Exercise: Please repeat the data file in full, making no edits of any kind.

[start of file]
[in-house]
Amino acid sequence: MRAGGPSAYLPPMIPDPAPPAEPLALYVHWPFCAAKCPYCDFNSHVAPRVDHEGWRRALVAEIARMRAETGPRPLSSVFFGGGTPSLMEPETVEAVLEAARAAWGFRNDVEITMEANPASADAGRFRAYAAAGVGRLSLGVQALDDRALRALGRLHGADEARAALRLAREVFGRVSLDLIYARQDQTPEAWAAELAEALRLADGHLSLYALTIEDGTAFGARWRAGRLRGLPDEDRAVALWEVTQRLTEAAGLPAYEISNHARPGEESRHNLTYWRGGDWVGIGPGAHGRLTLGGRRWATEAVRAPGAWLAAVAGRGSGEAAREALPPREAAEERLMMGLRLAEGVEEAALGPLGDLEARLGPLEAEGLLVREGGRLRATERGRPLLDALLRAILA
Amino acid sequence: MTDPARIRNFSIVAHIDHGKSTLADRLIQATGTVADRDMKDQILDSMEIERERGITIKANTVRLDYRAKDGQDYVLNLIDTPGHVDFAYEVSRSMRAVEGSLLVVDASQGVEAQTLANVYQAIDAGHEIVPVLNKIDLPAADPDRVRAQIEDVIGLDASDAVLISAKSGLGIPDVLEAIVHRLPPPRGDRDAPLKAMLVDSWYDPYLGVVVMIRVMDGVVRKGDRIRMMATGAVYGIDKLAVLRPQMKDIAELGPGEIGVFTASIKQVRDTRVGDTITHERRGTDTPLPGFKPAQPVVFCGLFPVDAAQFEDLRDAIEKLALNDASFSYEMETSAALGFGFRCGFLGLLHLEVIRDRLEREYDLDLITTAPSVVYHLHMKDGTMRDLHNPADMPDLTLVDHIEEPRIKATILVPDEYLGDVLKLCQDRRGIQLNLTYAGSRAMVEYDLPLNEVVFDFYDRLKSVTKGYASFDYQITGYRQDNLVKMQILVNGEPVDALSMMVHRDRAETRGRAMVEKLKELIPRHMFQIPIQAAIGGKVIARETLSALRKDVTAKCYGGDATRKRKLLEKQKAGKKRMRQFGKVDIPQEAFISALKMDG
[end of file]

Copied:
[in-house]
Amino acid sequence: MRAGGPSAYLPPMIPDPAPPAEPLALYVHWPFCAAKCPYCDFNSHVAPRVDHEGWRRALVAEIARMRAETGPRPLSSVFFGGGTPSLMEPETVEAVLEAARAAWGFRNDVEITMEANPASADAGRFRAYAAAGVGRLSLGVQALDDRALRALGRLHGADEARAALRLAREVFGRVSLDLIYARQDQTPEAWAAELAEALRLADGHLSLYALTIEDGTAFGARWRAGRLRGLPDEDRAVALWEVTQRLTEAAGLPAYEISNHARPGEESRHNLTYWRGGDWVGIGPGAHGRLTLGGRRWATEAVRAPGAWLAAVAGRGSGEAAREALPPREAAEERLMMGLRLAEGVEEAALGPLGDLEARLGPLEAEGLLVREGGRLRATERGRPLLDALLRAILA
Amino acid sequence: MTDPARIRNFSIVAHIDHGKSTLADRLIQATGTVADRDMKDQILDSMEIERERGITIKANTVRLDYRAKDGQDYVLNLIDTPGHVDFAYEVSRSMRAVEGSLLVVDASQGVEAQTLANVYQAIDAGHEIVPVLNKIDLPAADPDRVRAQIEDVIGLDASDAVLISAKSGLGIPDVLEAIVHRLPPPRGDRDAPLKAMLVDSWYDPYLGVVVMIRVMDGVVRKGDRIRMMATGAVYGIDKLAVLRPQMKDIAELGPGEIGVFTASIKQVRDTRVGDTITHERRGTDTPLPGFKPAQPVVFCGLFPVDAAQFEDLRDAIEKLALNDASFSYEMETSAALGFGFRCGFLGLLHLEVIRDRLEREYDLDLITTAPSVVYHLHMKDGTMRDLHNPADMPDLTLVDHIEEPRIKATILVPDEYLGDVLKLCQDRRGIQLNLTYAGSRAMVEYDLPLNEVVFDFYDRLKSVTKGYASFDYQITGYRQDNLVKMQILVNGEPVDALSMMVHRDRAETRGRAMVEKLKELIPRHMFQIPIQAAIGGKVIARETLSALRKDVTAKCYGGDATRKRKLLEKQKAGKKRMRQFGKVDIPQEAFISALKMDG